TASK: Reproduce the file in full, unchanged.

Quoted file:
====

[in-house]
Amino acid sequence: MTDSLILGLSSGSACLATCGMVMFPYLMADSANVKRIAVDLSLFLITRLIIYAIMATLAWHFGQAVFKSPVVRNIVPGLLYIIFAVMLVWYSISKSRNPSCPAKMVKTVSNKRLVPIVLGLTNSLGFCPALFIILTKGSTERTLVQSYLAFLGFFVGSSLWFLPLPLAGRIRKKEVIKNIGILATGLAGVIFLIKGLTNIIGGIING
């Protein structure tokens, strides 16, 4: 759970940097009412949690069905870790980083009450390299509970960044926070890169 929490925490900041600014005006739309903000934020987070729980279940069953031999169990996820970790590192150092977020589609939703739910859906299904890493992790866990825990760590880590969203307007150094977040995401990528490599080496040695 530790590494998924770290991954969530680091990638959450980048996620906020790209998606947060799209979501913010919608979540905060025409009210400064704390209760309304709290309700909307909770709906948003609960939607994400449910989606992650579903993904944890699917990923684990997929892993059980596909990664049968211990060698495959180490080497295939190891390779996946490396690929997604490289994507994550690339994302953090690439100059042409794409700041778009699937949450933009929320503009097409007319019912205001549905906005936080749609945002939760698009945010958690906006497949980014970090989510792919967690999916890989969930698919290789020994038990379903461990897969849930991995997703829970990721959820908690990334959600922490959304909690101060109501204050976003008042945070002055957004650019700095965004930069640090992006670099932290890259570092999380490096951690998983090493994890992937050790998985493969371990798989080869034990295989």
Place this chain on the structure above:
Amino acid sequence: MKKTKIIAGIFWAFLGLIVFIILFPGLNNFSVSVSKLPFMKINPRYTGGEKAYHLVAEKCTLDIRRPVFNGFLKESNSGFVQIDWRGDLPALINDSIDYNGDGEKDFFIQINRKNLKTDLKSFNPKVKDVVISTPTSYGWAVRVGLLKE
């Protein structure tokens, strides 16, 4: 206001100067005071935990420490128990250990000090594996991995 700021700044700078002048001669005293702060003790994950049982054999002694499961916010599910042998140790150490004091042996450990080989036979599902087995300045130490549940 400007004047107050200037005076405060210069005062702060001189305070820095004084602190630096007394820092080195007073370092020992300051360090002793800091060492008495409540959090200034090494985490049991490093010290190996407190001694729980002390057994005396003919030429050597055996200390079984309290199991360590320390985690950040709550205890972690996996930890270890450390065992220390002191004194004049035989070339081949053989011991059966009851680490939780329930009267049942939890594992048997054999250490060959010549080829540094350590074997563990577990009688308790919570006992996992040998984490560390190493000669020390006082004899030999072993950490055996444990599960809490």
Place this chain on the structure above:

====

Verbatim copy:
[in-house]
Amino acid sequence: MTDSLILGLSSGSACLATCGMVMFPYLMADSANVKRIAVDLSLFLITRLIIYAIMATLAWHFGQAVFKSPVVRNIVPGLLYIIFAVMLVWYSISKSRNPSCPAKMVKTVSNKRLVPIVLGLTNSLGFCPALFIILTKGSTERTLVQSYLAFLGFFVGSSLWFLPLPLAGRIRKKEVIKNIGILATGLAGVIFLIKGLTNIIGGIING
């Protein structure tokens, strides 16, 4: 759970940097009412949690069905870790980083009450390299509970960044926070890169 929490925490900041600014005006739309903000934020987070729980279940069953031999169990996820970790590192150092977020589609939703739910859906299904890493992790866990825990760590880590969203307007150094977040995401990528490599080496040695 530790590494998924770290991954969530680091990638959450980048996620906020790209998606947060799209979501913010919608979540905060025409009210400064704390209760309304709290309700909307909770709906948003609960939607994400449910989606992650579903993904944890699917990923684990997929892993059980596909990664049968211990060698495959180490080497295939190891390779996946490396690929997604490289994507994550690339994302953090690439100059042409794409700041778009699937949450933009929320503009097409007319019912205001549905906005936080749609945002939760698009945010958690906006497949980014970090989510792919967690999916890989969930698919290789020994038990379903461990897969849930991995997703829970990721959820908690990334959600922490959304909690101060109501204050976003008042945070002055957004650019700095965004930069640090992006670099932290890259570092999380490096951690998983090493994890992937050790998985493969371990798989080869034990295989």
Place this chain on the structure above:
Amino acid sequence: MKKTKIIAGIFWAFLGLIVFIILFPGLNNFSVSVSKLPFMKINPRYTGGEKAYHLVAEKCTLDIRRPVFNGFLKESNSGFVQIDWRGDLPALINDSIDYNGDGEKDFFIQINRKNLKTDLKSFNPKVKDVVISTPTSYGWAVRVGLLKE
């Protein structure tokens, strides 16, 4: 206001100067005071935990420490128990250990000090594996991995 700021700044700078002048001669005293702060003790994950049982054999002694499961916010599910042998140790150490004091042996450990080989036979599902087995300045130490549940 400007004047107050200037005076405060210069005062702060001189305070820095004084602190630096007394820092080195007073370092020992300051360090002793800091060492008495409540959090200034090494985490049991490093010290190996407190001694729980002390057994005396003919030429050597055996200390079984309290199991360590320390985690950040709550205890972690996996930890270890450390065992220390002191004194004049035989070339081949053989011991059966009851680490939780329930009267049942939890594992048997054999250490060959010549080829540094350590074997563990577990009688308790919570006992996992040998984490560390190493000669020390006082004899030999072993950490055996444990599960809490």
Place this chain on the structure above: